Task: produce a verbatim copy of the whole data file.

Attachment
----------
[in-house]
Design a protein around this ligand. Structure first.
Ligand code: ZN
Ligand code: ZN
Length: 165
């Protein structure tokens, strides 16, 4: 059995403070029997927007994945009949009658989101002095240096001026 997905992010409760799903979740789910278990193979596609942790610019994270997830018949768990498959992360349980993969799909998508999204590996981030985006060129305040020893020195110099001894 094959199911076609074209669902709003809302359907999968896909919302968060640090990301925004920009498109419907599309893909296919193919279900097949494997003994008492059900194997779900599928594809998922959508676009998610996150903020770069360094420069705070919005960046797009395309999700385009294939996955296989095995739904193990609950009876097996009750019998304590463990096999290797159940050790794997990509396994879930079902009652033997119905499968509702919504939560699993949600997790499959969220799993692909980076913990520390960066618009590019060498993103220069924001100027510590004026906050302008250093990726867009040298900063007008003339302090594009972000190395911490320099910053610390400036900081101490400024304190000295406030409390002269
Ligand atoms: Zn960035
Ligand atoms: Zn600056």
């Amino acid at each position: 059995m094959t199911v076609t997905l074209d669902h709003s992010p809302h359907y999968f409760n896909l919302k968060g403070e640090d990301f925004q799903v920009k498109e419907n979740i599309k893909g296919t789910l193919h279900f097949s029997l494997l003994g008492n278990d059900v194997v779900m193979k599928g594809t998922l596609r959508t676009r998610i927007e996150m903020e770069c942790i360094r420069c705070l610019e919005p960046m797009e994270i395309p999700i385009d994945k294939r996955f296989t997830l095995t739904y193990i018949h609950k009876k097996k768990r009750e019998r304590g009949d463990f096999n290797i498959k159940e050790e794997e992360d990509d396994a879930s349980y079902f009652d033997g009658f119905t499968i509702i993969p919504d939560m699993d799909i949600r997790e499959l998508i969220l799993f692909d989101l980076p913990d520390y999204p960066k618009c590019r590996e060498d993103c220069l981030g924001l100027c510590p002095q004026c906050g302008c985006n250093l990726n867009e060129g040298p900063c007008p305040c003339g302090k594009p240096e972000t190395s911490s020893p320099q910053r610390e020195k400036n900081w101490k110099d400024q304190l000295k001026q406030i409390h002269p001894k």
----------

[in-house]
Design a protein around this ligand. Structure first.
Ligand code: ZN
Ligand code: ZN
Length: 165
């Protein structure tokens, strides 16, 4: 059995403070029997927007994945009949009658989101002095240096001026 997905992010409760799903979740789910278990193979596609942790610019994270997830018949768990498959992360349980993969799909998508999204590996981030985006060129305040020893020195110099001894 094959199911076609074209669902709003809302359907999968896909919302968060640090990301925004920009498109419907599309893909296919193919279900097949494997003994008492059900194997779900599928594809998922959508676009998610996150903020770069360094420069705070919005960046797009395309999700385009294939996955296989095995739904193990609950009876097996009750019998304590463990096999290797159940050790794997990509396994879930079902009652033997119905499968509702919504939560699993949600997790499959969220799993692909980076913990520390960066618009590019060498993103220069924001100027510590004026906050302008250093990726867009040298900063007008003339302090594009972000190395911490320099910053610390400036900081101490400024304190000295406030409390002269
Ligand atoms: Zn960035
Ligand atoms: Zn600056």
């Amino acid at each position: 059995m094959t199911v076609t997905l074209d669902h709003s992010p809302h359907y999968f409760n896909l919302k968060g403070e640090d990301f925004q799903v920009k498109e419907n979740i599309k893909g296919t789910l193919h279900f097949s029997l494997l003994g008492n278990d059900v194997v779900m193979k599928g594809t998922l596609r959508t676009r998610i927007e996150m903020e770069c942790i360094r420069c705070l610019e919005p960046m797009e994270i395309p999700i385009d994945k294939r996955f296989t997830l095995t739904y193990i018949h609950k009876k097996k768990r009750e019998r304590g009949d463990f096999n290797i498959k159940e050790e794997e992360d990509d396994a879930s349980y079902f009652d033997g009658f119905t499968i509702i993969p919504d939560m699993d799909i949600r997790e499959l998508i969220l799993f692909d989101l980076p913990d520390y999204p960066k618009c590019r590996e060498d993103c220069l981030g924001l100027c510590p002095q004026c906050g302008c985006n250093l990726n867009e060129g040298p900063c007008p305040c003339g302090k594009p240096e972000t190395s911490s020893p320099q910053r610390e020195k400036n900081w101490k110099d400024q304190l000295k001026q406030i409390h002269p001894k």